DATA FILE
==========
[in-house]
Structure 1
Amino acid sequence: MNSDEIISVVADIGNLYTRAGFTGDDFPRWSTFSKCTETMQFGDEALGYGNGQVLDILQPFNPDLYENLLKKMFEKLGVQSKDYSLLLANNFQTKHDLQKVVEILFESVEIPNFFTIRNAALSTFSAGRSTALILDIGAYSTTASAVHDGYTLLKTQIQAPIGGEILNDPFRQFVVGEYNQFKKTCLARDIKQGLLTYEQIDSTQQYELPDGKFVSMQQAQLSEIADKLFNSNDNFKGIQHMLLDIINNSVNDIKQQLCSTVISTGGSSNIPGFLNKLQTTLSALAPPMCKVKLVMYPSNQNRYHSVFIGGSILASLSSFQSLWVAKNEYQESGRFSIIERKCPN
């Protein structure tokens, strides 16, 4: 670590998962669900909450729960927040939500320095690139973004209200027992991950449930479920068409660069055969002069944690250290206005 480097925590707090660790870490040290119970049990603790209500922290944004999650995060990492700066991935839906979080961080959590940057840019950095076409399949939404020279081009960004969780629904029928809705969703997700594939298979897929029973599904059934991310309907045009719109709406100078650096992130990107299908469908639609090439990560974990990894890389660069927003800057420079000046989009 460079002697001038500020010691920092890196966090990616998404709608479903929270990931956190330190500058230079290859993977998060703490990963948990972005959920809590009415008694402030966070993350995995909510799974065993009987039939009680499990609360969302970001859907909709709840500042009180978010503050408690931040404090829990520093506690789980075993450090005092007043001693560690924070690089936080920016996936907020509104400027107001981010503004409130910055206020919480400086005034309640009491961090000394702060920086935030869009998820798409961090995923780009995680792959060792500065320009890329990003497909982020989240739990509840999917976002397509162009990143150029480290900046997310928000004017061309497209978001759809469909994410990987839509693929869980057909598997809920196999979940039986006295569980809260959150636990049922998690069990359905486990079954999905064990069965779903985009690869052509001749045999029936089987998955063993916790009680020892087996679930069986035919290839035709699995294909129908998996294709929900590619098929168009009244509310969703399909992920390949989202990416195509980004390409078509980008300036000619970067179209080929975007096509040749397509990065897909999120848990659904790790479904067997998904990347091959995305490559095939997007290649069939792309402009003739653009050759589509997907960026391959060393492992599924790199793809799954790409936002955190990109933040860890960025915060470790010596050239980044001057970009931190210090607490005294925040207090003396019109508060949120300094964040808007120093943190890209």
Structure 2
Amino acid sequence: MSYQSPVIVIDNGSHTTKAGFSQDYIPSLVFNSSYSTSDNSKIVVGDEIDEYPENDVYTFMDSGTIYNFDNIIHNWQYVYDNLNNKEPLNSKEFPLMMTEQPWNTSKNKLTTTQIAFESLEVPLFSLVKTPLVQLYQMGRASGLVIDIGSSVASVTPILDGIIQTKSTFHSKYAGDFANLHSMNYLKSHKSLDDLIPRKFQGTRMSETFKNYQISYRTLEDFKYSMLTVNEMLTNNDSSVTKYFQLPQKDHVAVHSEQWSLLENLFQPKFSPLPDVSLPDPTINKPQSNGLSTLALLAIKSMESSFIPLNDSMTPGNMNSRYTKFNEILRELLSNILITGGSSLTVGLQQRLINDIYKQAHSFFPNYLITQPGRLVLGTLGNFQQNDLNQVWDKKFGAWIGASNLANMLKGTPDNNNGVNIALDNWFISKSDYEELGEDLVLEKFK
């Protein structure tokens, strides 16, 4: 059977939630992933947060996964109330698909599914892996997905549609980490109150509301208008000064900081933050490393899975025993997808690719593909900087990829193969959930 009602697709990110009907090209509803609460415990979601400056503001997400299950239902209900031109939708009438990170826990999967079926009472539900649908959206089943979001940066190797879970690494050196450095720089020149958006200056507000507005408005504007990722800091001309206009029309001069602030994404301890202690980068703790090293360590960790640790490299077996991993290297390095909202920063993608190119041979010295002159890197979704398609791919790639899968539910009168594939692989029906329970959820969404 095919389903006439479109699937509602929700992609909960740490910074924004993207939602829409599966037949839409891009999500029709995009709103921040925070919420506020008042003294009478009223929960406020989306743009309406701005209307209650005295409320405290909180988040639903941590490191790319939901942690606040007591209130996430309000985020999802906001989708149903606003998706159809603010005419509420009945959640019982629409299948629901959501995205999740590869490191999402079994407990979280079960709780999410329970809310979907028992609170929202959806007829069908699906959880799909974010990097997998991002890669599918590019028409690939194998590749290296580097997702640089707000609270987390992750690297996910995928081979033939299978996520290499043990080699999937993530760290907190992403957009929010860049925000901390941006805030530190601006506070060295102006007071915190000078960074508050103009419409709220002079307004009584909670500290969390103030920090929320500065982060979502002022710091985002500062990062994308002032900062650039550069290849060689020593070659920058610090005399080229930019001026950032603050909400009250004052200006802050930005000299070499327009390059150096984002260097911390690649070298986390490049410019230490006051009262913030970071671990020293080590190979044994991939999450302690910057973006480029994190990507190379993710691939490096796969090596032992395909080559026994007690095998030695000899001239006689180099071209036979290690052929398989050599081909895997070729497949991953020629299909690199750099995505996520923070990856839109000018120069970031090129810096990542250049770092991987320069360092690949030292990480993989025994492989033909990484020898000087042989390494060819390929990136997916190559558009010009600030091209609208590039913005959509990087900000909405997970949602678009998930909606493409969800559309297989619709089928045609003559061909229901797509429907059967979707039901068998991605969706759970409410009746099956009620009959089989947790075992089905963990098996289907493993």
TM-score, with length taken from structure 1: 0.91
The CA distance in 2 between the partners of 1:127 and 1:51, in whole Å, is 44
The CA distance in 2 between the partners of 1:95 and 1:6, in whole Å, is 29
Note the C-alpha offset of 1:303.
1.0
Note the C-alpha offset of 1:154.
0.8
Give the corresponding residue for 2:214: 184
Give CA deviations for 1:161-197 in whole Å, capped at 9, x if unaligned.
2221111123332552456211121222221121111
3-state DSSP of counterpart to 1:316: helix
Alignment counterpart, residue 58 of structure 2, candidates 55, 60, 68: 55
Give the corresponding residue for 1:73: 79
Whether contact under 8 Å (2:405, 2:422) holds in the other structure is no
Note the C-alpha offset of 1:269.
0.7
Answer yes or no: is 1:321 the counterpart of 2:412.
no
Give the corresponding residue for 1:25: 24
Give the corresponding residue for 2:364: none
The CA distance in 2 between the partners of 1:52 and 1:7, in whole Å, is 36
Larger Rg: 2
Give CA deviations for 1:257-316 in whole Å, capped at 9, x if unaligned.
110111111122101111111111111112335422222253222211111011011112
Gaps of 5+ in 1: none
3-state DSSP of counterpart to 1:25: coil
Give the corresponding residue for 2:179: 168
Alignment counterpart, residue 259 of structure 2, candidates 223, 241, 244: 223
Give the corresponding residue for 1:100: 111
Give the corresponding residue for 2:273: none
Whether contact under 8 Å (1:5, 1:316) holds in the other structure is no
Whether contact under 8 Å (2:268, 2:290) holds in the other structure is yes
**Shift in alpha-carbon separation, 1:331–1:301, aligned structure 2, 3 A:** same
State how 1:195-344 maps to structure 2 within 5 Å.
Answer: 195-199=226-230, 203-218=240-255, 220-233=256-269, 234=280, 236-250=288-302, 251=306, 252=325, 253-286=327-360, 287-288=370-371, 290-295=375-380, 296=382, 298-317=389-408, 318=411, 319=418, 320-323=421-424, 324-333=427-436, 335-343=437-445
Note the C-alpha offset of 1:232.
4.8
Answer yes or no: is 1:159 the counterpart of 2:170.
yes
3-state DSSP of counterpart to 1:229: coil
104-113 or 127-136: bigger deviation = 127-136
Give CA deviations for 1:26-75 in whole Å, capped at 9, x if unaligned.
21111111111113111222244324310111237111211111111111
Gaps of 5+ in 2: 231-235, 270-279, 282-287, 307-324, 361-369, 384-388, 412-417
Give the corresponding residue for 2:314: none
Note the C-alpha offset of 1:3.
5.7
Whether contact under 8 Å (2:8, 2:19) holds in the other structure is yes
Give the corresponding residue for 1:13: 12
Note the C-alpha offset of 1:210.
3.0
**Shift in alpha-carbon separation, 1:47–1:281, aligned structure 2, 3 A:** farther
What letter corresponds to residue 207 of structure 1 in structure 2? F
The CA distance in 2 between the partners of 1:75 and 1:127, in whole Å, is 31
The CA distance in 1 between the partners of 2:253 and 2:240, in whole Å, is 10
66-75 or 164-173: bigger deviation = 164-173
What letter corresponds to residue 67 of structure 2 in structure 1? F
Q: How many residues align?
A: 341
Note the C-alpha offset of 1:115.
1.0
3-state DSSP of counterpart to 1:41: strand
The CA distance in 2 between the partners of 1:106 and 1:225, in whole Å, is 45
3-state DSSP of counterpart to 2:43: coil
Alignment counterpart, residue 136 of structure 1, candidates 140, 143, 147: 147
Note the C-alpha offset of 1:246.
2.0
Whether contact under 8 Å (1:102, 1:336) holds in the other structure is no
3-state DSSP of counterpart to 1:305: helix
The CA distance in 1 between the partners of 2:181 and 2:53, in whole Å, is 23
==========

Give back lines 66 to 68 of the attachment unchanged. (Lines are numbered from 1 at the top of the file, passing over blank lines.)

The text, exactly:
A: 341
Note the C-alpha offset of 1:115.
1.0